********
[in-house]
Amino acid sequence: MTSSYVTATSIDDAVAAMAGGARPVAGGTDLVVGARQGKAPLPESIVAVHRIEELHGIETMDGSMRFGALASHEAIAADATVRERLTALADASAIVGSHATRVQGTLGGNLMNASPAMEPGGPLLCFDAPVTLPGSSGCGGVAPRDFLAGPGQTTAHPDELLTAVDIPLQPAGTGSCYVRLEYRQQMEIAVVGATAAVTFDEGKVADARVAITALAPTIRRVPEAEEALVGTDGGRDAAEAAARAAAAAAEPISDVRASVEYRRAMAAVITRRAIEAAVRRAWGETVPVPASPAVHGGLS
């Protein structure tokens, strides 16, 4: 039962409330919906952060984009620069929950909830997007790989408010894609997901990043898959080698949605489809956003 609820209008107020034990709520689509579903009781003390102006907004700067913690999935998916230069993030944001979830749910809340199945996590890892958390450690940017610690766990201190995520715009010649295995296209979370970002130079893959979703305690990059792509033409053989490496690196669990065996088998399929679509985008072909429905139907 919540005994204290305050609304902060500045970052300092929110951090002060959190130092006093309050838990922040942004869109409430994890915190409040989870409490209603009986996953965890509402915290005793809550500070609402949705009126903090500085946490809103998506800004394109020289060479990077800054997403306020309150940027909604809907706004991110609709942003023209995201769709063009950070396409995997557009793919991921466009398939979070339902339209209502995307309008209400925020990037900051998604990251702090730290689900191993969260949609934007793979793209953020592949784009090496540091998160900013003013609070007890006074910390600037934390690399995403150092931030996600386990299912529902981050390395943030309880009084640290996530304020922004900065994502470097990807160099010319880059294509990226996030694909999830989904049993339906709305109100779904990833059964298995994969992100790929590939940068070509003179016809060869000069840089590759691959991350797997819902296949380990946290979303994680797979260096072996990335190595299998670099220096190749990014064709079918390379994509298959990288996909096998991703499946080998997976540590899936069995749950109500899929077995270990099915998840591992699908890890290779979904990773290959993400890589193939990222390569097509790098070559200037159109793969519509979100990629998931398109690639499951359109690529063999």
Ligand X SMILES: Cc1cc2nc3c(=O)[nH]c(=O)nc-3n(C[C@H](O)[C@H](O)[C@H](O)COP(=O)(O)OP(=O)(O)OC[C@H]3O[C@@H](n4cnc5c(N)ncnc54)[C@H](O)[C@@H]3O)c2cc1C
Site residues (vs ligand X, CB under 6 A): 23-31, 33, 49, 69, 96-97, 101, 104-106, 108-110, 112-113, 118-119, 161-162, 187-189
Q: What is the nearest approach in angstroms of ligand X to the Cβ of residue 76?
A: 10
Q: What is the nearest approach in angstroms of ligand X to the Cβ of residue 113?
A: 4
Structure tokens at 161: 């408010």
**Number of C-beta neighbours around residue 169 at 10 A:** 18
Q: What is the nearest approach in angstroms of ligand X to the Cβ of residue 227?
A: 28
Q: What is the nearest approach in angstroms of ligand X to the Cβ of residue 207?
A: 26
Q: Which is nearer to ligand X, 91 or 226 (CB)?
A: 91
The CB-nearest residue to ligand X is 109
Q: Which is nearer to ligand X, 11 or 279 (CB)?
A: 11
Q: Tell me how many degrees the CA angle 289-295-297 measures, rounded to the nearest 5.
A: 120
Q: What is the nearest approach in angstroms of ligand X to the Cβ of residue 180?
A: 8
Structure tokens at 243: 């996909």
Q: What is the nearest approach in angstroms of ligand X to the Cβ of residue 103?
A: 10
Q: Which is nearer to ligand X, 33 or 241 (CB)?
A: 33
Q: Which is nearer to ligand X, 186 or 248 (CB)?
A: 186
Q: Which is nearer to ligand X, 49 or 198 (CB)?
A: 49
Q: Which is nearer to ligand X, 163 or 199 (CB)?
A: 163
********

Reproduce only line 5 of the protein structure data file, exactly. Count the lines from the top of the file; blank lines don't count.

Site residues (vs ligand X, CB under 6 A): 23-31, 33, 49, 69, 96-97, 101, 104-106, 108-110, 112-113, 118-119, 161-162, 187-189